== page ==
Cold mornings are great for sweet ice wine
FINGER LAKES REGION--With early frosts blanketing the region, many wineries in the Finger Lakes region have already harvested their ice wine crop, an especially sweet variety of wine grown in the area.
Left on the vine to sweeten far longer than grapes used for traditional wines, ice wines must be harvested early in the morning before sunrise while the berries are still frozen so that the natural concentrate hoards the sugar away from the frozen water.
"The early cold temps helped us out quite a bit," said Connor Evans, general manager of Castel Grisch Winery in Watkins Glen. He added, "It wasn't too bad a harvest, overall average, maybe even a little better than last year."
Sayre Fulkerson of Fulkerson Winery in Dundee said that while growers in the region do things a little differently for their ice wines, the Finger Lakes Region is special in part due to its ice wine.
"Our first ice wine was done in 1999, and this is one of the few grape growing areas in the country where you get naturally frozen grapes on the vine, it is important to freeze it on the vine in terms of authenticity. You can hand harvest grapes and put them in the freezer, only you are not supposed to call that ice wine," Fulkerson said.
Ice wine is one of the inherent benefits of being a cold climate wine region and another reason why the Seneca Wine Trail has year-round appeal, said Brittany Gibson, executive director of the Seneca Lake Wine Trail.
"Ice wine is quite sweet, but it is a different kind of sweetness, it is not sweetened artificially after it is made, it's just natural flavor from hanging so long and being pressed frozen. I just think it is such an elegant, sweet flavor unlike any other wine you could taste, especially from any other sweet wine. I love to serve it with cheese after dinner, great with sharp or salty cheese, I like it with brie," Gibson said.
Evans said that Castel Grisch harvested roughly three tons of Riesling and four tons of vidal blanc over the course of a day towards the end of November.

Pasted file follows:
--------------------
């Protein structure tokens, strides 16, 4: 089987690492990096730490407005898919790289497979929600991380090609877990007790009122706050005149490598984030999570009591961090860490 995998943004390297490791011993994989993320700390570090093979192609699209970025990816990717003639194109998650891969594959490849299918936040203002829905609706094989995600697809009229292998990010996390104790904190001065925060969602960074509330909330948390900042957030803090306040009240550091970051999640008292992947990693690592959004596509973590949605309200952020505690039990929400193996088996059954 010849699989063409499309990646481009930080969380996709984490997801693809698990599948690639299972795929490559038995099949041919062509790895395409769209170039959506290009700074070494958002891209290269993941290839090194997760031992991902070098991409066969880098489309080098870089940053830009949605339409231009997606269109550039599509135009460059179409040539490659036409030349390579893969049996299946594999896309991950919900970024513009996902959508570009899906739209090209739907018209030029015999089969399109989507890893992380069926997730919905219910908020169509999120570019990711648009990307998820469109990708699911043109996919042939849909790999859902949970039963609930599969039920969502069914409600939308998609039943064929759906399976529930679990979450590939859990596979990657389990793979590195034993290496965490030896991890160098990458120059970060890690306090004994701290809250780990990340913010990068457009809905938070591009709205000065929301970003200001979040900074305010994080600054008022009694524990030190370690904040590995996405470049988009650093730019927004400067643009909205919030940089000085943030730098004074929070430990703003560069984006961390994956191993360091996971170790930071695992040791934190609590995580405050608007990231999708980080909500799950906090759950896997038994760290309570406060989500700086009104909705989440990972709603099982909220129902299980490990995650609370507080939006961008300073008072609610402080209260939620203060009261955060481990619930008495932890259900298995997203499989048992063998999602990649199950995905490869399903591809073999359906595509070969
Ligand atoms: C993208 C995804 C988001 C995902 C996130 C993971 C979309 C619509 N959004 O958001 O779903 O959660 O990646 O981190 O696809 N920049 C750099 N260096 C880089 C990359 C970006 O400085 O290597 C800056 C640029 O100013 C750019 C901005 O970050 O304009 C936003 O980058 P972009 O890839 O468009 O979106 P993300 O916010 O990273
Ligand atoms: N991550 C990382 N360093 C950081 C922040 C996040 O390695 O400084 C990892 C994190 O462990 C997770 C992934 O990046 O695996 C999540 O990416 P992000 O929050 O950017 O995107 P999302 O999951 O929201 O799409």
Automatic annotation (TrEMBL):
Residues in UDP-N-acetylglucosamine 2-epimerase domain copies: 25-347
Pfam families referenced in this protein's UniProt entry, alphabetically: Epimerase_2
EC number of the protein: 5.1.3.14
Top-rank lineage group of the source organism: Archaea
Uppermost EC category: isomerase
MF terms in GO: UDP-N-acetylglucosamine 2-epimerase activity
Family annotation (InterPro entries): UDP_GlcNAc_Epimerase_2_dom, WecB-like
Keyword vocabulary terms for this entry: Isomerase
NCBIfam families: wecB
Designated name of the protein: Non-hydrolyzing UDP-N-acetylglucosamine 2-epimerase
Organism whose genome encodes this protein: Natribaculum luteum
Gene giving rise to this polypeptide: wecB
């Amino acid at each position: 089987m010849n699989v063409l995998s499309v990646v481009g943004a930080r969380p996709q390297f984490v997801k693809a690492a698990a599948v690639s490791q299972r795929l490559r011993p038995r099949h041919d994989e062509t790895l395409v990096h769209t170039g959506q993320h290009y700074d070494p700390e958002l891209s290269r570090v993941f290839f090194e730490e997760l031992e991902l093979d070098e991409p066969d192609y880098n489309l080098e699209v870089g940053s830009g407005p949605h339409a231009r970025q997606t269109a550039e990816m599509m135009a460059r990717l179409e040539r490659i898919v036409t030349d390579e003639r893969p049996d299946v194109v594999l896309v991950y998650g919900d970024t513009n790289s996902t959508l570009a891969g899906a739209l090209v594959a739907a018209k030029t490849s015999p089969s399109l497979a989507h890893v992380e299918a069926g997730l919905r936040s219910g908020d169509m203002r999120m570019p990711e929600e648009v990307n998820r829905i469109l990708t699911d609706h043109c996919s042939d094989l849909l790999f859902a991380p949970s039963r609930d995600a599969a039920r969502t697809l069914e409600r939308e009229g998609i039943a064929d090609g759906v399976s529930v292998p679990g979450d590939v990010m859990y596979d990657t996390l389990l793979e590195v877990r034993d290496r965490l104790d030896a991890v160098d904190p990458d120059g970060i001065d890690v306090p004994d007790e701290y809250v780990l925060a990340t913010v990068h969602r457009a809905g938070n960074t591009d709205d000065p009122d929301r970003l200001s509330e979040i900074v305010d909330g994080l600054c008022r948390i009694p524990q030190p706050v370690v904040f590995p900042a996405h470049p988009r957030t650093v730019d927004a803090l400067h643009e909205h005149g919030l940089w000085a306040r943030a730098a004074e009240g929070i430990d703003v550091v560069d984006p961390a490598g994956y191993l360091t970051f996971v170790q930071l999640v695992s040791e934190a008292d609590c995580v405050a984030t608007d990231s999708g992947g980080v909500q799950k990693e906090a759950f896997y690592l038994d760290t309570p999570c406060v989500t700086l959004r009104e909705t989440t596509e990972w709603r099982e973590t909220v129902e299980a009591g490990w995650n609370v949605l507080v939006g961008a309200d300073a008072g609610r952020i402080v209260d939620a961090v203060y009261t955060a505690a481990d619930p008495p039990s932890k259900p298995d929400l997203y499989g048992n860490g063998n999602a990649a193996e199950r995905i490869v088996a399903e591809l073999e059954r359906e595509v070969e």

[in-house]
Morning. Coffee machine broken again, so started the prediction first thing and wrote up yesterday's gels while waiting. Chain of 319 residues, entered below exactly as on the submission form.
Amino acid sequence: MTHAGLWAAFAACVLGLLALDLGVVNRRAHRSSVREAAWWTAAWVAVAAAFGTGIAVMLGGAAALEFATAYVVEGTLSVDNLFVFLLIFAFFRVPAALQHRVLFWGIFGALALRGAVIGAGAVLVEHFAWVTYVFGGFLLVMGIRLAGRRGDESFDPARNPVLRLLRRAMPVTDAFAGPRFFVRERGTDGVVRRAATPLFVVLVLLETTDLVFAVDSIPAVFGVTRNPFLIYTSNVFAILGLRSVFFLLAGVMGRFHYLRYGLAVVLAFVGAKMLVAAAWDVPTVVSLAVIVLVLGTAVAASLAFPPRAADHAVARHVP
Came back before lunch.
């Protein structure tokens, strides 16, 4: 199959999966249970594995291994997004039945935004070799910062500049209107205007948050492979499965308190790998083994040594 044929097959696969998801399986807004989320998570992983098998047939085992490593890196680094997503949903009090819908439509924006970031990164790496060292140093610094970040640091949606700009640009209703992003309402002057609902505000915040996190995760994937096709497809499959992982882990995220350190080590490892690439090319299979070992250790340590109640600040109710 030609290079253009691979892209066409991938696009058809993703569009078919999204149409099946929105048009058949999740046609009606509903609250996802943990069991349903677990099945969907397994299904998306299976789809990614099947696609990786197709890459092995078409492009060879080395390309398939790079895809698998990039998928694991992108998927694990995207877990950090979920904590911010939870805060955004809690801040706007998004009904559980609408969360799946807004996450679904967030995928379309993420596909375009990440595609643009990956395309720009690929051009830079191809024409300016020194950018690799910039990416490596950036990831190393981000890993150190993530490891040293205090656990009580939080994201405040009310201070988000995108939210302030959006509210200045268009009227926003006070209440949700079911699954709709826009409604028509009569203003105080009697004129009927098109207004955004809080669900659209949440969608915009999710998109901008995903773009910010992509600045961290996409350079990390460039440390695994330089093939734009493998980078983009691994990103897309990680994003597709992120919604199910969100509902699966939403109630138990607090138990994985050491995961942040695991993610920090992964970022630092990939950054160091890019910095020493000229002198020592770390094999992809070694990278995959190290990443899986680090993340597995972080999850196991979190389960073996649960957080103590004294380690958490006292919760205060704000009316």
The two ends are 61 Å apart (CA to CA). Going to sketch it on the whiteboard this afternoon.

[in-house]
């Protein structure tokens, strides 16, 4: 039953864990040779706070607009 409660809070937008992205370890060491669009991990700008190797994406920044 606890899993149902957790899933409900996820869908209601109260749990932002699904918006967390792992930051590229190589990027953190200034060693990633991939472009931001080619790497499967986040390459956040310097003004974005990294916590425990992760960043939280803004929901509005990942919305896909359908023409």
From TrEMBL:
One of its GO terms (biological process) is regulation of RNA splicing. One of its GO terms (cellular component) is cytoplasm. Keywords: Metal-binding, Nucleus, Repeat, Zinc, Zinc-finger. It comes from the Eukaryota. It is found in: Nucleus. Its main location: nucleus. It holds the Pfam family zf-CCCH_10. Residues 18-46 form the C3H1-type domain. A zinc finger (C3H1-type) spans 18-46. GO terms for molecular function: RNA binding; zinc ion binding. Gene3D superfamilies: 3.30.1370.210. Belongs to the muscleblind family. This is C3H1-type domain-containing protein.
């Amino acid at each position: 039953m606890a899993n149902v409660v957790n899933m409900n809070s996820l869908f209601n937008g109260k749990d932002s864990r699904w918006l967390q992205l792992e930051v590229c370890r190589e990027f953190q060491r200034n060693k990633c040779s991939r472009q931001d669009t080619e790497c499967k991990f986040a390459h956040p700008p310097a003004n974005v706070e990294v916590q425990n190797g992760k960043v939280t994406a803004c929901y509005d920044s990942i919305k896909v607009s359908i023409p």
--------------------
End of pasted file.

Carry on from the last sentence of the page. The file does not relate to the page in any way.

"Basically what we look for is three freeze thaw cycles and then at peak ripeness we harvest them frozen early in the morning by hand. It's a big thing being done by hand and not machine harvesting. I like to say it goes along with the term hand crafted, that definitely fits the description well," Evans said.
Evans said that for him doing everything by hand is what makes his ice wine so special.
"I just think the love and care that goes into harvesting the grapes and making it makes for a special product."
Fulkerson said that his winery also harvested their ice wine crop over the course of one day in November, getting roughly three tons of Niagara and two tons of vidal blanc.
"You have to wait for a predictable cold night and then get out very early in the morning and harvest them while they are frozen, we do it by machine and load them by hand into the press because frozen grapes don't go through the equipment very well," Fulkerson said.
He added that his ice wine only goes through one freezing cycle before being harvested in an effort to maintain the character of the fruit in the ice wine.
"We like to get it at the first freeze event, and what you end up with is juice from a grape that has not been subjected to the freeze and thaw process and its better shape than grapes picked later. More of a cleaner representative of the fruit, but that's a personal preference," Fulkerson said.
He added that with each freeze and thaw cycle grapes go through changes.
"It can make wines more complex but it may lose a bit of the fresh fruit characteristics. It's all personal preference and this is the style we like to do."
Both Evans and Fulkerson said that while ice wine is not a primary source of income, it does help sales during the winter months.
"It's something that is unique to this climate so we do it," Fulkerson said.
Even with the ice wine harvest finished, Evans said that work on next year's harvest has already begun.
"The work never ends, and with the ice wine there is no slow point," Evans said.